How do you prefer your salmon: wild-caught or farm-raised?
When that question came up in dinner conversations 20 years ago, the answer likely would have revealed skepticism about farmed fish.
In those days, the industry was new. Salmon farms were being accused of polluting the oceans. Some were found to be harboring and incubating disease, turning a blind eye to infected escapees, and wiping out forage fish, up to 7 pounds of which once went into each pound of farmed Atlantic salmon.
But those negatives did nothing to dampen a growing world population’s appetite for fish. Seventeen percent of the protein people eat already comes from the sea, and demand is set to rise by 40 percent by 2050, according to the Norwegian Seafood Council.
“The consumption of salmon has tripled over the past 15 years,” said Keith Filer, research coordinator for aquaculture at Alltech. “The increased consumption would not be possible by relying on wild-caught salmon. Farmed-raised salmon is the only option for supplying the increase in demand.”
Still, it’s not unusual to encounter lingering debate and a host of misperceptions over wild-caught versus farmed salmon. And in this era of the smart device with details about our foods accessible at our fingertips, there has been commensurate pressure from consumer and wildlife advocates to reform aquaculture.
“Salmon farmers did a funny thing,” wrote The Washington Post contributor Tamar Haspel. “They listened. The survival of the industry depended on farmers cleaning up their act, and so that’s what they started to do.”
That has included an effort to boost consumer confidence and demonstrate a commitment to the environment through independent, third-party certification.
“The best-regarded of the certification programs will require record keeping, disclosure and transparency so the public can know that the fish they choose has been secured with care,” said Contessa Kellogg-Winters, communications director at the Aquaculture Stewardship Council (ASC).
The ASC has developed certification based on industry standards that address the adverse impacts associated with aquaculture. Thousands of NGOs, scientists, academics, farmers and industry experts contributed to the process.
According to Kellogg-Winters, the ASC standards:
- Regulate where farms can be sited to protect vulnerable nature areas.
- Help protect the surrounding ecosystems and biodiversity.
- Preserve the quality of the water.
- Mandate strict criteria for resources use.
- Regulate feed practices and mandate that farms use more sustainable feed.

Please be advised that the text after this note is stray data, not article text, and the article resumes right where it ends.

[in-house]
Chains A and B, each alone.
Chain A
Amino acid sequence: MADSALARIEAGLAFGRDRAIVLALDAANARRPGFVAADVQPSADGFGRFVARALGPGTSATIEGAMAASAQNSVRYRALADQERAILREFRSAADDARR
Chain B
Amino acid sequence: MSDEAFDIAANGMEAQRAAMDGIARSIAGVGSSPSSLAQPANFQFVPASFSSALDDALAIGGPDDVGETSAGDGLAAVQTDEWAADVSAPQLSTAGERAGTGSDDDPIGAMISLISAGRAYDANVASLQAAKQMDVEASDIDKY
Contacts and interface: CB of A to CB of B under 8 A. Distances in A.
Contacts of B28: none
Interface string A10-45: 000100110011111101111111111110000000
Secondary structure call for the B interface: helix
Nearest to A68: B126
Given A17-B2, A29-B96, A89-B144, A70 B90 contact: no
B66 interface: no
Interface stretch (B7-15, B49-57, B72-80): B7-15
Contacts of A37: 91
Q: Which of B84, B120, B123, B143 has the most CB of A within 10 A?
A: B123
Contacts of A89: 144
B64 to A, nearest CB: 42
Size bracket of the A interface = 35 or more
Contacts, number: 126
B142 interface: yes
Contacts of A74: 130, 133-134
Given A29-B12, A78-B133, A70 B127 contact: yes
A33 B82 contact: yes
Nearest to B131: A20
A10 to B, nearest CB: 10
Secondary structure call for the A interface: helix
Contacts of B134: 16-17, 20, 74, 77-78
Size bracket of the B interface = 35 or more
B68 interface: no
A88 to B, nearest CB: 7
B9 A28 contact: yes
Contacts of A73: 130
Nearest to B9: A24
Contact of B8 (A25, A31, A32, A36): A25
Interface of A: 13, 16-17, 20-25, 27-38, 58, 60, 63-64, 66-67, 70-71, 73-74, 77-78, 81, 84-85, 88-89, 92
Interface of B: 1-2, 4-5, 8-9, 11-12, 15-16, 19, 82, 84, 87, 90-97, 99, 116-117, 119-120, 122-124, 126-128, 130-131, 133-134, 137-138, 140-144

- Require best practices that combat the spread of illness and parasites between farmed fish and wild fish.
- Proactively prevent fish escapes.
- Reduce the use of pesticides and chemicals.
- Set stringent controls for the use of antibiotics.
These standards not only raise the bar on the quality of production, but also serve to combat misperceptions about farmed salmon. Here are some of the more persistent among them:
Myth: Farmed salmon are raised with growth hormones and antibiotics
“An important misperception that I have come across is the use of growth hormones and antibiotics in feeds for farmed salmon,” said Gijs Rutjes, technical sales support manager at the fish feed producer Coppens International, an Alltech company. “This is not true for the growth hormones. Antibiotics are only used as a last resort in salmon farming to cure a potentially dangerous bacterial disease but never to prevent diseases or to get performance benefit. Just like we would go to the doctor when we are seriously ill.”
Myth: Farmed fish are raised in dirty conditions and generate pollution
Concerns that fish are farmed in dirty water and crowded conditions linger. The industry, however, has developed a better understanding of regional capacity — the total number of farmed fish an area can support, according to the Monterey Bay Aquarium’s Seafood Watch. The result has been a decline in pollution as farms allow areas to recover before fish are replaced there.
Fish farmers “choose suitable sites for cage farming where the conditions and water quality are optimal,” said Rutjes. “They use feeds that keep the fish healthy and that ensure good growth. Nets are cleaned regularly to make sure sufficient water flow is there and to keep oxygen levels optimal. The salmon are kept at rather low densities, and they have spacious net cages that provide ample possibilities for natural behavior.”
Marine Harvest's salmon net cages in Norway.
For example, to prevent overcrowding, Norwegian law requires that salmon make up less than 2.5 percent of the pen’s volume. Each pen is made up of 97.5 percent water to allow for maximum comfort and a healthy growth cycle.
Salmon farms, he said, have been moving production to land-based recirculation aquaculture systems (RAS). These closed systems have no escapees, and the feces are collected and removed.
Salmon raised indoors at Marine Harvest in Norway.